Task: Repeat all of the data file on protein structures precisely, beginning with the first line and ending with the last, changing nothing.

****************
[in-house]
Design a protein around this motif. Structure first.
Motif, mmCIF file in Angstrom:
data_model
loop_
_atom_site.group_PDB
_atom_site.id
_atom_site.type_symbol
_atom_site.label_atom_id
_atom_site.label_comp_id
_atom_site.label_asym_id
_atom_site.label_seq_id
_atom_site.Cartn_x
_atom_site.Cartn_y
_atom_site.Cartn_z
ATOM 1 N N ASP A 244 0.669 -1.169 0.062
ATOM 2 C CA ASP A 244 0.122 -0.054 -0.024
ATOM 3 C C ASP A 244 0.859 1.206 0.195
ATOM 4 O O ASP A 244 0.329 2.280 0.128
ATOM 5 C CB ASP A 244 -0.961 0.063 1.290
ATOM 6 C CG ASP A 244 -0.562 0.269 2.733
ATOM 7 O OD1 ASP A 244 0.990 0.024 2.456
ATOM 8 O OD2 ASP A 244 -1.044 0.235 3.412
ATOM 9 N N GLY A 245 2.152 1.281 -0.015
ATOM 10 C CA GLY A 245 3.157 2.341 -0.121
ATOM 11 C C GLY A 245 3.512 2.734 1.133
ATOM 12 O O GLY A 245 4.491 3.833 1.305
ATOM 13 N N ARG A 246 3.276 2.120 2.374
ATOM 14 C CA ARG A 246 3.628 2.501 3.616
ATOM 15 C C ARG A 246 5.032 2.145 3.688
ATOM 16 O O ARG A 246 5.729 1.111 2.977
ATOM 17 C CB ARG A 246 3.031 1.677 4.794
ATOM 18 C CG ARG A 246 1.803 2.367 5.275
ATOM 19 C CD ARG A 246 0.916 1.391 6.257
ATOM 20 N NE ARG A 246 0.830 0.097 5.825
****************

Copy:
[in-house]
Design a protein around this motif. Structure first.
Motif, mmCIF file in Angstrom:
data_model
loop_
_atom_site.group_PDB
_atom_site.id
_atom_site.type_symbol
_atom_site.label_atom_id
_atom_site.label_comp_id
_atom_site.label_asym_id
_atom_site.label_seq_id
_atom_site.Cartn_x
_atom_site.Cartn_y
_atom_site.Cartn_z
ATOM 1 N N ASP A 244 0.669 -1.169 0.062
ATOM 2 C CA ASP A 244 0.122 -0.054 -0.024
ATOM 3 C C ASP A 244 0.859 1.206 0.195
ATOM 4 O O ASP A 244 0.329 2.280 0.128
ATOM 5 C CB ASP A 244 -0.961 0.063 1.290
ATOM 6 C CG ASP A 244 -0.562 0.269 2.733
ATOM 7 O OD1 ASP A 244 0.990 0.024 2.456
ATOM 8 O OD2 ASP A 244 -1.044 0.235 3.412
ATOM 9 N N GLY A 245 2.152 1.281 -0.015
ATOM 10 C CA GLY A 245 3.157 2.341 -0.121
ATOM 11 C C GLY A 245 3.512 2.734 1.133
ATOM 12 O O GLY A 245 4.491 3.833 1.305
ATOM 13 N N ARG A 246 3.276 2.120 2.374
ATOM 14 C CA ARG A 246 3.628 2.501 3.616
ATOM 15 C C ARG A 246 5.032 2.145 3.688
ATOM 16 O O ARG A 246 5.729 1.111 2.977
ATOM 17 C CB ARG A 246 3.031 1.677 4.794
ATOM 18 C CG ARG A 246 1.803 2.367 5.275
ATOM 19 C CD ARG A 246 0.916 1.391 6.257
ATOM 20 N NE ARG A 246 0.830 0.097 5.825